A major health care law passed in Maryland could be reversed with just a few changes.
More:The Maryland Health Care Department announced Monday that it will start issuing new health care directives and guidelines to hospitals, doctors, dentists, and other health care providers.
In a press release, the department said the directives are designed to address issues such as the quality of care provided, the safety of medical procedures and equipment, the quality and appropriateness of patient care, and the quality, safety and appropriatueness of the use of health care equipment.
The directive will be available in the Maryland Medical Services Administrative Directory, the MDOC website, and in other public information.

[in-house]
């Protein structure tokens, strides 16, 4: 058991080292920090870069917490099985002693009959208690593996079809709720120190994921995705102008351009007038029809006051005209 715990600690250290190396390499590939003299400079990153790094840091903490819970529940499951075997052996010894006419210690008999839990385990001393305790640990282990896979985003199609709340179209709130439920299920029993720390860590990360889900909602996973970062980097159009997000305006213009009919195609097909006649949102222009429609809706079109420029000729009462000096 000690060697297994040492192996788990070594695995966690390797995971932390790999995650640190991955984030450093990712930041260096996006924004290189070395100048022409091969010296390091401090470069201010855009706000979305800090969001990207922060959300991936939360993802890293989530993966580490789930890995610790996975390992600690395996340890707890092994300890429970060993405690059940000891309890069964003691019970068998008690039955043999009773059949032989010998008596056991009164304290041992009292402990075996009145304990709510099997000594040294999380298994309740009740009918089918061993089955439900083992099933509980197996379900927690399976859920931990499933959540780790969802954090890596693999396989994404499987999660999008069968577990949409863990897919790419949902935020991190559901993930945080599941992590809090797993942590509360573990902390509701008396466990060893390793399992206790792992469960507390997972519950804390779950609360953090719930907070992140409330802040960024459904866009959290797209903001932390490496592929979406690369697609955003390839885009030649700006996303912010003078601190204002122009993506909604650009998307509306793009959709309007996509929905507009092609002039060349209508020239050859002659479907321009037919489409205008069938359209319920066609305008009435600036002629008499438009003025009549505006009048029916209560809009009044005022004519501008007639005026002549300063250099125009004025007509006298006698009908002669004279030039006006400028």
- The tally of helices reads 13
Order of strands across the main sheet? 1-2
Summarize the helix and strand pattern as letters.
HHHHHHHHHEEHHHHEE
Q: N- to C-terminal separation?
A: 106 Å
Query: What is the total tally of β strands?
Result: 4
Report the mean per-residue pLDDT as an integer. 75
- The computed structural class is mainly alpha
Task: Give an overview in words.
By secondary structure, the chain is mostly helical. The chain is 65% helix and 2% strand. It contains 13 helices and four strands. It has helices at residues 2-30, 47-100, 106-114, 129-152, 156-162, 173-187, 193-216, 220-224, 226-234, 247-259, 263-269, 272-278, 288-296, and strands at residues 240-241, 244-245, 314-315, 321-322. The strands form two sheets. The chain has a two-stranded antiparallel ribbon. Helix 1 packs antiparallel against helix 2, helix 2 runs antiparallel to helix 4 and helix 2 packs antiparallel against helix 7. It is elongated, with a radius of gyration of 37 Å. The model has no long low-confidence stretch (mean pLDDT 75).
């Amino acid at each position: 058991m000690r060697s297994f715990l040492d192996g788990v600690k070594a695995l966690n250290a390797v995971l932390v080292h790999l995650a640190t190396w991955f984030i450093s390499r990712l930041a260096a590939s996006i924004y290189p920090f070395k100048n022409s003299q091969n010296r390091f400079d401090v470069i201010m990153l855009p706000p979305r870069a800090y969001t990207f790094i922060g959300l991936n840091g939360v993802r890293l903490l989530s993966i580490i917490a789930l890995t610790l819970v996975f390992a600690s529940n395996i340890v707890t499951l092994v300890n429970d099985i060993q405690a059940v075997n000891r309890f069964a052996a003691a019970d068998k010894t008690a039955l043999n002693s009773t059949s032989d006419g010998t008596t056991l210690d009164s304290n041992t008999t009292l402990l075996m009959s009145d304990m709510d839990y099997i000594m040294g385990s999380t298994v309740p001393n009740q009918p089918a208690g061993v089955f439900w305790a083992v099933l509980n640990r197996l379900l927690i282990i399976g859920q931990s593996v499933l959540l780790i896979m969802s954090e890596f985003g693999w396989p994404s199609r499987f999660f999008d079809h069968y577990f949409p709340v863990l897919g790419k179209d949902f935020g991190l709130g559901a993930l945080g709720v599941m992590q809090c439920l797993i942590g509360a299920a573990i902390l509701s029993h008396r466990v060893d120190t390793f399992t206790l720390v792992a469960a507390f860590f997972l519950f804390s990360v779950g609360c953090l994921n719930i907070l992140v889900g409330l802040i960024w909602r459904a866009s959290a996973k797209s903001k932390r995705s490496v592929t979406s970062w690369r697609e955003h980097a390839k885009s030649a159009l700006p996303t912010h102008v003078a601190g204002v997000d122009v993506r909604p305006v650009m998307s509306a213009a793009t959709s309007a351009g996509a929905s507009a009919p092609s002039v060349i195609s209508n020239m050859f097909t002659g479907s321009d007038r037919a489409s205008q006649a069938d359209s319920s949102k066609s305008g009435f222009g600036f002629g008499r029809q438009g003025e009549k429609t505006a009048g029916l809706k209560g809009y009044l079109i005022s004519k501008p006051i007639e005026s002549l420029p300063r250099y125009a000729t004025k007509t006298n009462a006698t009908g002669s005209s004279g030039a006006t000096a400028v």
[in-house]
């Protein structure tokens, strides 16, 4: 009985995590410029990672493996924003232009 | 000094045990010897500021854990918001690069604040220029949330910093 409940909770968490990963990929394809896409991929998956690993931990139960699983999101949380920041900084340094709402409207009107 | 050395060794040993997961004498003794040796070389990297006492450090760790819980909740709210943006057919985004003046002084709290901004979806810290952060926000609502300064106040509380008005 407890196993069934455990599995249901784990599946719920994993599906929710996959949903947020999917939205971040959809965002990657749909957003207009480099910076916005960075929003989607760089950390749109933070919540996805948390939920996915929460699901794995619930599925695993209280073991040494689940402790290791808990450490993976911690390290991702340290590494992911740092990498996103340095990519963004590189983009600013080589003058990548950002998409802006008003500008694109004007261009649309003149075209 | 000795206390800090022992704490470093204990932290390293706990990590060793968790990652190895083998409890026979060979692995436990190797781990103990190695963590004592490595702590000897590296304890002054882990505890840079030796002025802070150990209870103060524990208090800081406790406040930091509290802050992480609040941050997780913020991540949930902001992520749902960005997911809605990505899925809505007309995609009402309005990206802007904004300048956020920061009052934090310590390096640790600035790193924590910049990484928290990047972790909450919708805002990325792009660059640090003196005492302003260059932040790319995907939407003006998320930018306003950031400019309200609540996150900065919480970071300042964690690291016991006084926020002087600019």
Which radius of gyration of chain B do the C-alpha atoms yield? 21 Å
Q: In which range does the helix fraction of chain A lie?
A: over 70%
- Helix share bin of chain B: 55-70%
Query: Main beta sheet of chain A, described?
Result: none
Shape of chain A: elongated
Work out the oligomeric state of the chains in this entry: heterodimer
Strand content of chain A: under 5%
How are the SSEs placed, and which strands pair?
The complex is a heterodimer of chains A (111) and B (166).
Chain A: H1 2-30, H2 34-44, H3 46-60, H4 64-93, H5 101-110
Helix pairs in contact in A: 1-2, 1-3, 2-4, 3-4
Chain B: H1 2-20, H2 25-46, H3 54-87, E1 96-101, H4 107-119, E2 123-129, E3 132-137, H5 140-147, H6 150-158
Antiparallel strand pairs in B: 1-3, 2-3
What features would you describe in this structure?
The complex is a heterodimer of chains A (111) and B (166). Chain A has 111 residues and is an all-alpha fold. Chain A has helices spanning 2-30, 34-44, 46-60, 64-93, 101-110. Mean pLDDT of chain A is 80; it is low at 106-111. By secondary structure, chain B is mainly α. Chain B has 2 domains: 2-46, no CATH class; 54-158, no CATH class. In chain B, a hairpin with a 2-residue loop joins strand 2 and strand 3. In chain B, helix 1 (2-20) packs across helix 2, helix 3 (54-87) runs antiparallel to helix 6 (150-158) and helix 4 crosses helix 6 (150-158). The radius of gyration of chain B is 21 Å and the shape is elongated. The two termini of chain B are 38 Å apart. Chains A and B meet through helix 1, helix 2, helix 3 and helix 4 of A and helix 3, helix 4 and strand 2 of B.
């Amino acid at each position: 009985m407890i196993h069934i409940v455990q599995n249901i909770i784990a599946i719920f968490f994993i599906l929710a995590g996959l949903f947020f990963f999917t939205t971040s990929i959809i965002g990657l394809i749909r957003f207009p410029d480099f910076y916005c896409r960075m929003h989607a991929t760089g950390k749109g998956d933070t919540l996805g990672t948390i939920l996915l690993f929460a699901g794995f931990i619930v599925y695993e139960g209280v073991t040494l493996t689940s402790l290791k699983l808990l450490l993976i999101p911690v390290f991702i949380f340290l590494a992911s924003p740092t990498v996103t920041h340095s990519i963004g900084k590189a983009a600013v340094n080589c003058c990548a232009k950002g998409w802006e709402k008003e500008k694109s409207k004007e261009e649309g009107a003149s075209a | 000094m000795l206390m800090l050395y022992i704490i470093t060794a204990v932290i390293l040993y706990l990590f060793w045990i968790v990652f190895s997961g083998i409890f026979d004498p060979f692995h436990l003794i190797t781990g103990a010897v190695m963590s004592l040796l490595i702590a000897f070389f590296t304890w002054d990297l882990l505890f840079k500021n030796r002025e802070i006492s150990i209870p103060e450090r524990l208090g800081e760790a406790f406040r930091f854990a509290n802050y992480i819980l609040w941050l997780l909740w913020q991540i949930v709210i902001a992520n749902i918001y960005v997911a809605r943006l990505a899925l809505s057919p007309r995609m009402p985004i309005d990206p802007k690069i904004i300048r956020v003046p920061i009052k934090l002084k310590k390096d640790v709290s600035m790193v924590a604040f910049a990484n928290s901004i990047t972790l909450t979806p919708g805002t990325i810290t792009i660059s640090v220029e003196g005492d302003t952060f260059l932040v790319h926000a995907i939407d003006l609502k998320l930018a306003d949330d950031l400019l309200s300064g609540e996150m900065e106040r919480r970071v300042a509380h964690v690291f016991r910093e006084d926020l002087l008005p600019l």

Larry Hogan, a Republican, called the directives “historic” and said they will “bring Maryland’s health system into line with the rest of the nation.”
The announcement comes at a time of growing political controversy in Maryland over the state’s role in overseeing the implementation of the Affordable Care Act, also known as Obamacare.
In September, Hogan signed into law a directive to expand Medicaid eligibility and provide coverage for a range of services.
A week later, Maryland joined 15 other states that had signed onto a federal lawsuit to block the implementation.
Hogan and the legislature have been in talks over the issue.
The state has also been in court over the new directives.
A federal judge in Maryland issued an injunction last week to block implementation of one of the new health directives, and a lower court judge is also expected to rule soon on a separate injunction that would block implementation in a second directive.